The Convair R3Y Tradewind Was More Than A Flying Boat. It Was Also A Refueler

by Daniel Russ on June 27, 2010

The Convair R35 Tradewind

The Convair R3y Tradewind WasAlso A Refueler

The year 1945 saw WWII wind down and each of the armed services try to evaluate the implements they had fought with. The Navy concluded most of their aircraft had done well. By August 1945, the United States Navy was ostensibly the most powerful and modern in the world. Their flying boats had done well enough, but with the technology developed during the war, the Navy felt this class of aircraft could be greatly improved. What with the development of the turboprop engine and thin, high-lift wings, the Navy could increase payload, speed and effectiveness to a degree unheard of just a few years back.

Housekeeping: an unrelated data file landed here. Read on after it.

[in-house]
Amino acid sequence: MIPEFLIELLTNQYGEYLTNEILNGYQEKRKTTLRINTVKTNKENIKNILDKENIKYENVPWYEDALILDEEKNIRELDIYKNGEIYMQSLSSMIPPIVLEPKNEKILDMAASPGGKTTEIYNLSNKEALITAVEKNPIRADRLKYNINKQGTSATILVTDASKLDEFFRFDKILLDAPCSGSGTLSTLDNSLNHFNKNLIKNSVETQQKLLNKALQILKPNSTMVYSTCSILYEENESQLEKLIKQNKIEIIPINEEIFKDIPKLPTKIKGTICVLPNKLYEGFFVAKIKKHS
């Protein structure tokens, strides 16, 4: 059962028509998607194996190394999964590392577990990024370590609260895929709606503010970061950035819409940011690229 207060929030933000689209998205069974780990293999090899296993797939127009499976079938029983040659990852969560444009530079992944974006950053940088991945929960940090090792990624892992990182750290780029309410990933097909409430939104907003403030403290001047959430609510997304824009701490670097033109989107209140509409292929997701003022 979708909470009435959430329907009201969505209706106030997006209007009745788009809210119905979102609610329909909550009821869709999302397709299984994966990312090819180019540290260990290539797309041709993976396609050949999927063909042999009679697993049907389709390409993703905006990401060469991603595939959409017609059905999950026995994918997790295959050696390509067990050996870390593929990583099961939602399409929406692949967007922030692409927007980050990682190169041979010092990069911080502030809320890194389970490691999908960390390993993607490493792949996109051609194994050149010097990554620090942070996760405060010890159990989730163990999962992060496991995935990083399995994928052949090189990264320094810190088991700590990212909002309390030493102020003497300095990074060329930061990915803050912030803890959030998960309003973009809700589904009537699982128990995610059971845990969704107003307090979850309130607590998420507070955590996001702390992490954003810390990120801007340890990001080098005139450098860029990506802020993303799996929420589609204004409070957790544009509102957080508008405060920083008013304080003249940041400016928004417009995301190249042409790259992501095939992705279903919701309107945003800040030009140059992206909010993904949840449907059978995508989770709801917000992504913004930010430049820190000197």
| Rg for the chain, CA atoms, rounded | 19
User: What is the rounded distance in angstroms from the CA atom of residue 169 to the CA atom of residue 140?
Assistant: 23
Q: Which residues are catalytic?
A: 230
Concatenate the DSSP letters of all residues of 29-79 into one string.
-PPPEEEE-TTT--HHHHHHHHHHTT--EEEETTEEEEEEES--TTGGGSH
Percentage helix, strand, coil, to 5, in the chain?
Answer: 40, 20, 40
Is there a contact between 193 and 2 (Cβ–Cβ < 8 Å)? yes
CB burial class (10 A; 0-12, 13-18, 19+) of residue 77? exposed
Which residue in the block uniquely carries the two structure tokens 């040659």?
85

In 1945, the Navy approached Convair to see what could be done and Convair came up with the Model 117. It was a very sleek, high wing boat with a single step hull, four Allison T-40 turboprop engines with six blade, contra-rotating props. Each engine developed 5,100 shaft horsepower (3,806 kW) and 830 pounds (376.48 kg) of jet thrust. The stabilizing floats were fixed, as there was no room to stow them in the thin, laminar-flow wing. The boat was named the “Tradewind”. It first flew in 1950 after a delay of some months because of trouble with the Allison engines. The Navy received it first Tradewind in 1954.”

Source: Aircrafthistory.com; Wiki

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